Iron deficiency anemia. Etiology, pathogenesis, diagnosis, treatment

Kamilė Burbaitė1, Justina Ramanavičiūtė1

1Lithuanian University of Health Sciences, Medical Academy, Faculty of Medicine


Lack of iron- the most common eating disorder in the world. It is estimated that 30-50% of the world’s population has iron deficiency anemia, and most of these people live in developing countries. An adult person has an average of 2-6 g of iron, depending on body weight. Of these, 70 percent are erythrocytes in hemoglobin and 10 percent in enzymes and myoglobin, while circulating iron in plasma contains only 3-4 mg. Iron bound to ferritin in hepatocytes and macrophages (iron depots) accounts for 20 percent of total human iron. Anemia is not a disease by itself, it occurs for many reasons, so targeted treatment of this disease begins with finding the cause and eliminating it. The disease is caused by starvation, insufficient intake of iron with food, vegetarianism, copious loss of blood from the gastrointestinal tract and in women during menstruation, due to various diseases of the gastrointestinal tract, which interfere with the absorption of iron in the body. Iron deficiency anemia occurs when a change in blood tests is observed: decreased hemoglobin, microcytes, hypochromic erythrocytes, and decreased iron stores. Symptoms reflect hypoxic functioning due to decreased hemoglobin content and concentration in erythrocytes, which impairs the delivery of oxygen to tissues, resulting in insufficient provision of the body’s needs [1], [2].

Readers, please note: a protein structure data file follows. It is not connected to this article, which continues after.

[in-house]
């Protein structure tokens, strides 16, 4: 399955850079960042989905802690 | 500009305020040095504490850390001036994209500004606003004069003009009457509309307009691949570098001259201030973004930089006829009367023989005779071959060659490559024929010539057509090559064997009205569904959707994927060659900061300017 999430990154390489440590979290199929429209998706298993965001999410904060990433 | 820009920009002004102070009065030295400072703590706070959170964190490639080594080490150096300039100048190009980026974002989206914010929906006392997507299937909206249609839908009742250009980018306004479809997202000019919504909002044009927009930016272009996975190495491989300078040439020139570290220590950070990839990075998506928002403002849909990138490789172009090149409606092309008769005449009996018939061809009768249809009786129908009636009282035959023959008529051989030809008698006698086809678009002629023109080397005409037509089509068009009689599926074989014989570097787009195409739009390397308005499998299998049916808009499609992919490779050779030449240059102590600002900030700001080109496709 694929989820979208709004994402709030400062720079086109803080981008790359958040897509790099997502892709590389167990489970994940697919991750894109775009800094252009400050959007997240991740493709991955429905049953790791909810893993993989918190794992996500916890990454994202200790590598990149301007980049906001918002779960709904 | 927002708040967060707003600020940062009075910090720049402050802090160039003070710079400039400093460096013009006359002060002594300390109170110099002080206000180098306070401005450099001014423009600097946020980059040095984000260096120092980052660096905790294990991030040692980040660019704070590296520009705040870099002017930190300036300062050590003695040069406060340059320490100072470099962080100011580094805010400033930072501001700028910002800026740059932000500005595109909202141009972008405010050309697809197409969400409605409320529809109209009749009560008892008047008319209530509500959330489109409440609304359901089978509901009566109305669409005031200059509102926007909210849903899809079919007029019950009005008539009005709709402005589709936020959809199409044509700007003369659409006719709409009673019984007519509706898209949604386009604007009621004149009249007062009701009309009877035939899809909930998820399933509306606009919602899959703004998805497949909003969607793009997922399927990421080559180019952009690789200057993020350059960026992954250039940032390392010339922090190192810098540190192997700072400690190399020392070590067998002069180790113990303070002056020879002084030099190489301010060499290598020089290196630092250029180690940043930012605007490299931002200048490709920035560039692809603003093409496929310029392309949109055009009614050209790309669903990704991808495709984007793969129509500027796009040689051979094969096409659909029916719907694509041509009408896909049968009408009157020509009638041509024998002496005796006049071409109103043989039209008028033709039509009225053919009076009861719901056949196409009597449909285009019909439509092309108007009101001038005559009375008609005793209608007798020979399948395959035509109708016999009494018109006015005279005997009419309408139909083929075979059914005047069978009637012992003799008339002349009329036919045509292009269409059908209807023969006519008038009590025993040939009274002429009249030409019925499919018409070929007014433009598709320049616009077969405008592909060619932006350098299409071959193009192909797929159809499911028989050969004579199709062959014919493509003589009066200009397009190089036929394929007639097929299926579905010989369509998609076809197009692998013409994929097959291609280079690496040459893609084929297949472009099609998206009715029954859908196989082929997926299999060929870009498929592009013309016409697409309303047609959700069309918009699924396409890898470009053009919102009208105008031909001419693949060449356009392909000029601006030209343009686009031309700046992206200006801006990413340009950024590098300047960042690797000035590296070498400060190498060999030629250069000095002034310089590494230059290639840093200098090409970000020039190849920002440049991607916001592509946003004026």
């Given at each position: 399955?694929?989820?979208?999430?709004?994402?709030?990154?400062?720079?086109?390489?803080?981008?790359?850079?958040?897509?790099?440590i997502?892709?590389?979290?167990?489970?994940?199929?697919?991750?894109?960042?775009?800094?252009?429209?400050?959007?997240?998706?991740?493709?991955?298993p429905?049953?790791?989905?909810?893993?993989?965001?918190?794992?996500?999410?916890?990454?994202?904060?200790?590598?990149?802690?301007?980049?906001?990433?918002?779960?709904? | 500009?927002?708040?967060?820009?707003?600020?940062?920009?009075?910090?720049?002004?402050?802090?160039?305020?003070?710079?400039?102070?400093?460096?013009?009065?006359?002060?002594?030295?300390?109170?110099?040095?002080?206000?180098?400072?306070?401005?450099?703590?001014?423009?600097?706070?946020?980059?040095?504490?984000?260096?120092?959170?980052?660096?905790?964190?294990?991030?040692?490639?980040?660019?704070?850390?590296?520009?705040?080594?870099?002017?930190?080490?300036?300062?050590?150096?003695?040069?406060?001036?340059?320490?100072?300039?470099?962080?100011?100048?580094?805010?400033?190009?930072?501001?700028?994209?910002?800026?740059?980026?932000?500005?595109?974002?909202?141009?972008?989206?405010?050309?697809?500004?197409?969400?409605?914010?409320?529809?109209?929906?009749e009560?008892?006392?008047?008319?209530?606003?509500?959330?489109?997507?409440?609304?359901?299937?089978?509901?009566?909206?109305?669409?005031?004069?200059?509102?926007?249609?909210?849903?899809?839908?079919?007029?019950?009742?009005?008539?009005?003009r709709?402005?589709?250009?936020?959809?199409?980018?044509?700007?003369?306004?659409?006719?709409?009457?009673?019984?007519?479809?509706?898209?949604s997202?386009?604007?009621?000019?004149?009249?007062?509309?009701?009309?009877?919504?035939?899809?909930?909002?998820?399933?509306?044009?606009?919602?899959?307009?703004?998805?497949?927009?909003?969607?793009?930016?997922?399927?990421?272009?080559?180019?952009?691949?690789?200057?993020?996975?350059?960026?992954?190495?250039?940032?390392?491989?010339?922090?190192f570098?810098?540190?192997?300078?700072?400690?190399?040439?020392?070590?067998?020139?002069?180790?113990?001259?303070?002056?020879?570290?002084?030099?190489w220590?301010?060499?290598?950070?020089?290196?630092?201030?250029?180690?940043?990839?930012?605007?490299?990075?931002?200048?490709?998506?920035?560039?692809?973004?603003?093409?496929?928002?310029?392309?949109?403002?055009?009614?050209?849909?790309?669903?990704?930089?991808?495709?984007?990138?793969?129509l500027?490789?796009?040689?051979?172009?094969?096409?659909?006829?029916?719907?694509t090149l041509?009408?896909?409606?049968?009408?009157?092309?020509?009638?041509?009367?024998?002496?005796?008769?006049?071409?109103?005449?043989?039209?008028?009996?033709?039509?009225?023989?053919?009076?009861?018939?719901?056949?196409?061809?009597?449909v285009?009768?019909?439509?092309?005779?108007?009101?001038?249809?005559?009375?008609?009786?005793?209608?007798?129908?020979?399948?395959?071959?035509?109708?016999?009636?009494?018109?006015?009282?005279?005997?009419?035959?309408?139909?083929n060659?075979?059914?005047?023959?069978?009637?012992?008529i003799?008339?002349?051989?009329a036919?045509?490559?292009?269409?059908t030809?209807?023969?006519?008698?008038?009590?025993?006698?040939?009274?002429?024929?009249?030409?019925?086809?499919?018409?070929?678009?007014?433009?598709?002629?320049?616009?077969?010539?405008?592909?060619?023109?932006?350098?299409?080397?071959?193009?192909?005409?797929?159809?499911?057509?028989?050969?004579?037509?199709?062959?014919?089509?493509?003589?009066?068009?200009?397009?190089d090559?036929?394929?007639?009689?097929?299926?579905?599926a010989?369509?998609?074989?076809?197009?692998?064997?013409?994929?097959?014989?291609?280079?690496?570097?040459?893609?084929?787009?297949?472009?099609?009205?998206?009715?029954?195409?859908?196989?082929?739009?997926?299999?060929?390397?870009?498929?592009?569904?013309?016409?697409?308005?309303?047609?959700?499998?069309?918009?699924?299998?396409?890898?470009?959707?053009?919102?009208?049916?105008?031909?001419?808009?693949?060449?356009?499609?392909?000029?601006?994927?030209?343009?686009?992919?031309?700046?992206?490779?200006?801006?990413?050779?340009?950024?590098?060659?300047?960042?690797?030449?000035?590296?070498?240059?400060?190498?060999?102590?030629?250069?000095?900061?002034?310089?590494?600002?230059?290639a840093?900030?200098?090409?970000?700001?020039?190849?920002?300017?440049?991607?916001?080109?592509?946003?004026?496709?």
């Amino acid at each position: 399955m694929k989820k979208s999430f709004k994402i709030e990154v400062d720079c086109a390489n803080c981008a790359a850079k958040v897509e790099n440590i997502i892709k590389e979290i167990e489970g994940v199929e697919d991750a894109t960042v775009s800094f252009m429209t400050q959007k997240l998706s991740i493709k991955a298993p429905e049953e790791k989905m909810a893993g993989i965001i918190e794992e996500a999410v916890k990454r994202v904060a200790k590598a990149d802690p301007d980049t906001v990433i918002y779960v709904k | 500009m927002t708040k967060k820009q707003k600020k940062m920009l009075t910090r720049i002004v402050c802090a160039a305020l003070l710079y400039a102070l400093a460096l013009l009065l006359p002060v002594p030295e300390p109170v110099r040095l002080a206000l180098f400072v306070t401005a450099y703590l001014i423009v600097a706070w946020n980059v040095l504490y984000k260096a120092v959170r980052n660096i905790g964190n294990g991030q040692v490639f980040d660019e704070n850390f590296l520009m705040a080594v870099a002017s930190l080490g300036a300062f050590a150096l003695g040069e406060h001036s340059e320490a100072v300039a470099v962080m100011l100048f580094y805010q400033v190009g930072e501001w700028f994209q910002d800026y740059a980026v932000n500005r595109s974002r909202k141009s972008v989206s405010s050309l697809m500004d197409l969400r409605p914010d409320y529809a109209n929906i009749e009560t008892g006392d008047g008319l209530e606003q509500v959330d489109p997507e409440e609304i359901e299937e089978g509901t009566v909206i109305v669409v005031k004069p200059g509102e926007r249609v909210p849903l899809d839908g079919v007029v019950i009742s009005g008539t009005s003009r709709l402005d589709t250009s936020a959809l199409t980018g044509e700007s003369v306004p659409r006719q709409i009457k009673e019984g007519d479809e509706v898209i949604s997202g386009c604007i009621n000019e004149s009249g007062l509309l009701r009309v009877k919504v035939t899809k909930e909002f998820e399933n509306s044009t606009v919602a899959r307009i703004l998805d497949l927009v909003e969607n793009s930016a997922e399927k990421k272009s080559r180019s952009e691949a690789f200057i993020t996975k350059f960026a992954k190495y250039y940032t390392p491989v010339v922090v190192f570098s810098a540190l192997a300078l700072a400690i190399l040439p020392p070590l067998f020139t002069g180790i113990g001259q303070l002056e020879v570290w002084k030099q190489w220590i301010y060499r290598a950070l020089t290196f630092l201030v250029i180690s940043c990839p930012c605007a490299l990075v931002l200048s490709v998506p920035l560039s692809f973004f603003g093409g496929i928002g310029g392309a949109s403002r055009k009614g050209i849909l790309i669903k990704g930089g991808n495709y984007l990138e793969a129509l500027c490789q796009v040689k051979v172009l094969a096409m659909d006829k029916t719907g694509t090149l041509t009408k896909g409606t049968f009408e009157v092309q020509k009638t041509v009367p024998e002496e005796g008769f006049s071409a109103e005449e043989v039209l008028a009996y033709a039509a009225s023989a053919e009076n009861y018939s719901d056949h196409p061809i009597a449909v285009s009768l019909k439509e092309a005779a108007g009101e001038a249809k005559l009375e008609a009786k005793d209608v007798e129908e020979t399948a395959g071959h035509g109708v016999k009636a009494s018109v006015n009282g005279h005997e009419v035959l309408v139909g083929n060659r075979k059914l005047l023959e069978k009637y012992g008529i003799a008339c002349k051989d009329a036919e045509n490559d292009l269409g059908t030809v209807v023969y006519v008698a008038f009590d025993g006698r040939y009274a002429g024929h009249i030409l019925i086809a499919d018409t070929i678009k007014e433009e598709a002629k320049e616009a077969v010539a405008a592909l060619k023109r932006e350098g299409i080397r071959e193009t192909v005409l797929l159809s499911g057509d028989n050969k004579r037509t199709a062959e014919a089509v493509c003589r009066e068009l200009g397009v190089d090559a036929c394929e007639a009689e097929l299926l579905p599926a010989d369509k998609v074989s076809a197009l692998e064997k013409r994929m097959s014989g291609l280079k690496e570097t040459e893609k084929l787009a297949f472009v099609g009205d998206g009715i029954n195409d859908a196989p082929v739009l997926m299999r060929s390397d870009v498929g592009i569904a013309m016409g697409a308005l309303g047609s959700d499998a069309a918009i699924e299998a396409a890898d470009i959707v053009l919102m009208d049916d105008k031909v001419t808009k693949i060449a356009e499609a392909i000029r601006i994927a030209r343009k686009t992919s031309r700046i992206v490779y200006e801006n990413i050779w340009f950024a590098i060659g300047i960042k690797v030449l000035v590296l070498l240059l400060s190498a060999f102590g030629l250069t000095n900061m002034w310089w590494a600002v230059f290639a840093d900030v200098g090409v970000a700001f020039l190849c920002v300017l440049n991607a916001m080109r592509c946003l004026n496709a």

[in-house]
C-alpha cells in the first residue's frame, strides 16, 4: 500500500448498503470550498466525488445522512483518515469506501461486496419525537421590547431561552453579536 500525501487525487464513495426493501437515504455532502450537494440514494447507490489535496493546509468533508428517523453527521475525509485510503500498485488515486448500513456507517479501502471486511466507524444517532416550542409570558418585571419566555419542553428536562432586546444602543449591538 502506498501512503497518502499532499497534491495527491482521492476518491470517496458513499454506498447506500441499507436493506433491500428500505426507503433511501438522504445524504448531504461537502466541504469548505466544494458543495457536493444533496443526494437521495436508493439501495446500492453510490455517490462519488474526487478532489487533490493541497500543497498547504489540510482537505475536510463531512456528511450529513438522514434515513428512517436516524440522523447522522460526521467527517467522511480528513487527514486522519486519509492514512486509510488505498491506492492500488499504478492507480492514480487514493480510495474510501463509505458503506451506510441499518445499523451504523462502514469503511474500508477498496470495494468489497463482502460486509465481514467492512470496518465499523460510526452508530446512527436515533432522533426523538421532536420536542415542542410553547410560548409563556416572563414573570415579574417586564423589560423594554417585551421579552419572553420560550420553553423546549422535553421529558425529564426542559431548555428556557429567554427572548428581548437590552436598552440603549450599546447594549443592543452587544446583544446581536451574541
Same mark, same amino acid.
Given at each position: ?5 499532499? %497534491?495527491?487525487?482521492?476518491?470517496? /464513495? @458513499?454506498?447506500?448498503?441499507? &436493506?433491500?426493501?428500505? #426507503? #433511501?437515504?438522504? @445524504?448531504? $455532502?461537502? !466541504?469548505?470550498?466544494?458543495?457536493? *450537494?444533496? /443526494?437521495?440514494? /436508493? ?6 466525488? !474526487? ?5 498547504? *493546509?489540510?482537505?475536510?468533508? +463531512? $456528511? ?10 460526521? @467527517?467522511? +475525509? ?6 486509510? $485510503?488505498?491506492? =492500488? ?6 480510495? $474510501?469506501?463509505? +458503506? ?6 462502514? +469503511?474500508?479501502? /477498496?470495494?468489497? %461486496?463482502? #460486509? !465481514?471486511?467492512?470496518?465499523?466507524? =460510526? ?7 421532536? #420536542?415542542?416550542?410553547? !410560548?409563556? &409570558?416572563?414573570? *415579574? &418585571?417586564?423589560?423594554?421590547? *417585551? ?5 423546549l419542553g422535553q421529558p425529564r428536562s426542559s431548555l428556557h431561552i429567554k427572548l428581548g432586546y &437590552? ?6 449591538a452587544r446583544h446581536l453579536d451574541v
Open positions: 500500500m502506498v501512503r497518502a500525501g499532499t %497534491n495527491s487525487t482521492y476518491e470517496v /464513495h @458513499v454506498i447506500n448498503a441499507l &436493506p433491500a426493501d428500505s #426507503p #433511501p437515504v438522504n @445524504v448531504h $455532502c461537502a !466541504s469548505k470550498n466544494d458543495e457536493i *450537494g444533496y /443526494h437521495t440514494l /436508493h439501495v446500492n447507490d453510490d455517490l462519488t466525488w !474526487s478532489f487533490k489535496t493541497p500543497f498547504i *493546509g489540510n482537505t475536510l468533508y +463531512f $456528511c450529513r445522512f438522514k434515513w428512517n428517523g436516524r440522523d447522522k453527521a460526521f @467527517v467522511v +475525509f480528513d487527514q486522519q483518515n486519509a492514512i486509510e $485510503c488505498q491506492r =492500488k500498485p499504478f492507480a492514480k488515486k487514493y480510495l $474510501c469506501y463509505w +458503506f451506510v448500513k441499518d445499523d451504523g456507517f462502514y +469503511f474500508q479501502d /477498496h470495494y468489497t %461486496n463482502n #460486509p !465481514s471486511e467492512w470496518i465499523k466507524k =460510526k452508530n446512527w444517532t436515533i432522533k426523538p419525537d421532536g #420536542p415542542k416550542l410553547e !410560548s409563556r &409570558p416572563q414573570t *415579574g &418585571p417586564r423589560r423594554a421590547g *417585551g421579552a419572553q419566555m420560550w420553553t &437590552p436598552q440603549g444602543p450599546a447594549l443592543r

Laboratory values corresponding to iron deficiency or iron deficiency anemia are: mean erythrocyte size (MCV) less than 80 fL, increased erythrocyte distribution width, decreased reticulocyte count, decreased ferritin, decreased serum iron, increased total iron binding capacity and decreased iron binding capacity saturation level [3].

Ferritin levels below 15 ng / ml are the only test results that are most indicative of iron deficiency in adults (less than 12 ng / ml in children) [3]. Although historically, oral iron supplements have been administered 2-3 times daily, more recent data suggest that once daily dosing may improve absorption and reduce gastrointestinal side effects. Iron intake is also increased by food intake, as vitamin C in foods improves iron absorption (coffee or tea that interfere with absorption should be avoided) [4].

In some patients, including those with inflammatory bowel disease, chronic kidney disease, or chronic heart failure, intravenous iron therapy may be considered. An indication for such treatment could also be the second or third trimester of pregnancy or any patient who is intolerant to or has impaired oral iron uptake [5], [6].

Keywords: iron deficiency, anemia, ferritin, transferrin, reticulocytes, hemoglobin, microcytic hypochromic erythrocytes.